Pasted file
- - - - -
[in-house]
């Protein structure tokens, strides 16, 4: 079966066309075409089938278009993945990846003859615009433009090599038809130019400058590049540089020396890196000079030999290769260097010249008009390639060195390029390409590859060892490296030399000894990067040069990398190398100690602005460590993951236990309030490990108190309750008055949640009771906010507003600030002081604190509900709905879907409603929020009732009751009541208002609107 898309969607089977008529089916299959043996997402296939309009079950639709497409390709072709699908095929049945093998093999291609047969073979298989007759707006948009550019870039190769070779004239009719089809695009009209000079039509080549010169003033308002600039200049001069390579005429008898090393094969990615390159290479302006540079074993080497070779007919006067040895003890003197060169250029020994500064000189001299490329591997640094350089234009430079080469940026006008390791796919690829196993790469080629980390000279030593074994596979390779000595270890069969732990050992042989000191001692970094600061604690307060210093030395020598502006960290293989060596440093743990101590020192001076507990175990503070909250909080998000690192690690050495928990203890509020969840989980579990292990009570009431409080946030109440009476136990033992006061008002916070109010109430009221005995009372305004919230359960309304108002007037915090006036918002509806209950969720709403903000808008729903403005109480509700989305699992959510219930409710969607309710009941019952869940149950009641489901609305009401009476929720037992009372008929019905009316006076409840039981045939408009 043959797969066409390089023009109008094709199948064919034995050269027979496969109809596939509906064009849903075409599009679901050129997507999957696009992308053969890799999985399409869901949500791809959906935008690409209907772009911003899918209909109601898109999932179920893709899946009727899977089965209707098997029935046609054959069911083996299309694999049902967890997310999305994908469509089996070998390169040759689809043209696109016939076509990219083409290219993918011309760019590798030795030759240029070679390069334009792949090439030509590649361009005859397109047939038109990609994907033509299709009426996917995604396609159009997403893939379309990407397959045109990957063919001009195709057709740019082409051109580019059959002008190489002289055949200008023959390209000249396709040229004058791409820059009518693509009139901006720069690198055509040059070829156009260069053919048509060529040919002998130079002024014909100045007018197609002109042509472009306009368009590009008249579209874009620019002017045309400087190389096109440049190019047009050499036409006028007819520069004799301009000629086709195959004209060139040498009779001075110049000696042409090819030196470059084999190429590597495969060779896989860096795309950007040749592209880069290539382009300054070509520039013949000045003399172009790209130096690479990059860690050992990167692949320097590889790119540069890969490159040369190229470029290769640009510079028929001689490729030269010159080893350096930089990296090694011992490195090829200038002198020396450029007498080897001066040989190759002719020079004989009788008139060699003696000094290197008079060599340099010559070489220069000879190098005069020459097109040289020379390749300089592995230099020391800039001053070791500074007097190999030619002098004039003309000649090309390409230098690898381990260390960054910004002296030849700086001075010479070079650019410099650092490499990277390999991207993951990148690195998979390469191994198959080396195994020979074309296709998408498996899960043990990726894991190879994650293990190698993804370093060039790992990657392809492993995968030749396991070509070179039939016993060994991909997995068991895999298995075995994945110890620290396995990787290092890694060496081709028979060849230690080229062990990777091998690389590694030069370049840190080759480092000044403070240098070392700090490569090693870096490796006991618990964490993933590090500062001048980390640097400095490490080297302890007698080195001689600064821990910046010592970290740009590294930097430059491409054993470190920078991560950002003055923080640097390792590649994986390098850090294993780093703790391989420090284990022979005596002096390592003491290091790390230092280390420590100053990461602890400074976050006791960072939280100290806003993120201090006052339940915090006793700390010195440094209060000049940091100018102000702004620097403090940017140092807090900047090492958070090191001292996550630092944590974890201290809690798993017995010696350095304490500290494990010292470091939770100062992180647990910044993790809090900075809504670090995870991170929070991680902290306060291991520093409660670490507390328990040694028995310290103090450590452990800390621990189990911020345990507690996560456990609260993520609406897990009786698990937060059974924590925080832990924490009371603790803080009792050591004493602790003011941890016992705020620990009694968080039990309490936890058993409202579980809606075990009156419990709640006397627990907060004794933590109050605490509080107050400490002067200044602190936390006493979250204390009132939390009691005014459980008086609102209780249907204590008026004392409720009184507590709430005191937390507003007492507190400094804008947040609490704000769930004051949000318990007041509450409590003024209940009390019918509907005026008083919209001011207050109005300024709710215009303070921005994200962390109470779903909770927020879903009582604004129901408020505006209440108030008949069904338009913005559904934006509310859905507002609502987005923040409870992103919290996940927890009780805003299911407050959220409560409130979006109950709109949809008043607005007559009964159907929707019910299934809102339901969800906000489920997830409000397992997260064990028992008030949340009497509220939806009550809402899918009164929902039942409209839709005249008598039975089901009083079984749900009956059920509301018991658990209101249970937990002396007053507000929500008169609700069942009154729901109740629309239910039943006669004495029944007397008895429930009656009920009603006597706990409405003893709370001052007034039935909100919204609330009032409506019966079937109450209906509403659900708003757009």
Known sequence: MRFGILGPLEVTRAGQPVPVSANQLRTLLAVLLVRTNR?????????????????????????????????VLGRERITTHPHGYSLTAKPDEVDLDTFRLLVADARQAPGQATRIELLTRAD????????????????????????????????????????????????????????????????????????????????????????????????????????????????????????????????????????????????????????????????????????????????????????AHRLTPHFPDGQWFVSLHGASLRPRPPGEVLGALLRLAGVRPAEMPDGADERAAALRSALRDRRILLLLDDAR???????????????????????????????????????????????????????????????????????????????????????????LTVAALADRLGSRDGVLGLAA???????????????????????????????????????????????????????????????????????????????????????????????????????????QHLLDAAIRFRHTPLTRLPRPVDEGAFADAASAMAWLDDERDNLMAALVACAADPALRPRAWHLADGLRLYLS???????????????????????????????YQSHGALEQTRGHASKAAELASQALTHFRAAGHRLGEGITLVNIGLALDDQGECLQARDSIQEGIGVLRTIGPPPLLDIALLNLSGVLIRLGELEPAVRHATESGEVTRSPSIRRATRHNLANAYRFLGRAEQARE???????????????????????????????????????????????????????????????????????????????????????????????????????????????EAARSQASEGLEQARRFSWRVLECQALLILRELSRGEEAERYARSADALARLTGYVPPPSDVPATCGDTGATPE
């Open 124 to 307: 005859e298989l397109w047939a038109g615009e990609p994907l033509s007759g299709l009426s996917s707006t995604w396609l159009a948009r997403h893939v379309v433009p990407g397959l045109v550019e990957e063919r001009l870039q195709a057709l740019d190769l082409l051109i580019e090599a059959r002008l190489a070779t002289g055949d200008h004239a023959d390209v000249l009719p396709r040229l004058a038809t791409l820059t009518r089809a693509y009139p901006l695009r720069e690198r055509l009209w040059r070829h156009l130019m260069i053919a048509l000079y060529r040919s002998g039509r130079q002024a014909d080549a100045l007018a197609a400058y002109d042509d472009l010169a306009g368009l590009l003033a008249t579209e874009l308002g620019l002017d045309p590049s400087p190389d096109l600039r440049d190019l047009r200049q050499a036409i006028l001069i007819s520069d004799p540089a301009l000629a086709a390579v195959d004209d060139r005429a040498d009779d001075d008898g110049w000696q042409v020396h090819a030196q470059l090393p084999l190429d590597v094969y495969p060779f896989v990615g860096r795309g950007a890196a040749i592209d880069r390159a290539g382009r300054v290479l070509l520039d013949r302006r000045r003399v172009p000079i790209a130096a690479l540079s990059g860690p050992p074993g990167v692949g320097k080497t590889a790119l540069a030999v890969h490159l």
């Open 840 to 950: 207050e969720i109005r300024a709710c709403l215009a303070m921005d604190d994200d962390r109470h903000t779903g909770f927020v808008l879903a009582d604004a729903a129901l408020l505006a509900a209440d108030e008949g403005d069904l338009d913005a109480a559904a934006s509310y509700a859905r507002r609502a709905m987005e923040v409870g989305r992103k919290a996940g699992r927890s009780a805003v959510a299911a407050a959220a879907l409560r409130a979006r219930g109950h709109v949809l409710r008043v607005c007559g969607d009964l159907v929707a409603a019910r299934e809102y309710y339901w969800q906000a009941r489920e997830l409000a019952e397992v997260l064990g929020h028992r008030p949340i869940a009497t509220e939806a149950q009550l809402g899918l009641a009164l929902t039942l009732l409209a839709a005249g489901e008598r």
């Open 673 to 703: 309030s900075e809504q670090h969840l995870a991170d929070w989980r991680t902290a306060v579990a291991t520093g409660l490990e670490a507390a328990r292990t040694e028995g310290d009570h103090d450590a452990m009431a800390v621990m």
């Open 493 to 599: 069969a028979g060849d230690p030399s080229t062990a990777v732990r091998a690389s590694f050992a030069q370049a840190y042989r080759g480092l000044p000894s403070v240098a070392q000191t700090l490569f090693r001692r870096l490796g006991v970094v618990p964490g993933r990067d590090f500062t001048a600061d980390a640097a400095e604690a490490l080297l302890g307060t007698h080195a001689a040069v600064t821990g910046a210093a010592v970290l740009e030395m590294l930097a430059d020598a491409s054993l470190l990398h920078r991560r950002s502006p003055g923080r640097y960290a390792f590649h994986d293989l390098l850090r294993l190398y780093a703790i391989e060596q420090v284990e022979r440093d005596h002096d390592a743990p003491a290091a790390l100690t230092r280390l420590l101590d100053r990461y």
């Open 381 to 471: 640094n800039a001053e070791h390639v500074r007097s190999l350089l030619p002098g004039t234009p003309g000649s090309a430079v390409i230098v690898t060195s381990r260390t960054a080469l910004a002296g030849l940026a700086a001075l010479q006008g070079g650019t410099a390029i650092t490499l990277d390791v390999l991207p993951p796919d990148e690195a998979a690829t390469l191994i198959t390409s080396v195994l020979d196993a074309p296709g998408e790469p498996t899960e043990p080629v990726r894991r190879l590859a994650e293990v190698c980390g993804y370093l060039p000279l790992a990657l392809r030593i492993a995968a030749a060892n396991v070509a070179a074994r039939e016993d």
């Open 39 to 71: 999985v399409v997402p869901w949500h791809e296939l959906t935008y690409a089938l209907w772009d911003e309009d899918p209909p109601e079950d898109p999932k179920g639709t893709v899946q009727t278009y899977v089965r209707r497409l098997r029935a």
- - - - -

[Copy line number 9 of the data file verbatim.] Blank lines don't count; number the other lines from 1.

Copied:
């Open 39 to 71: 999985v399409v997402p869901w949500h791809e296939l959906t935008y690409a089938l209907w772009d911003e309009d899918p209909p109601e079950d898109p999932k179920g639709t893709v899946q009727t278009y899977v089965r209707r497409l098997r029935a």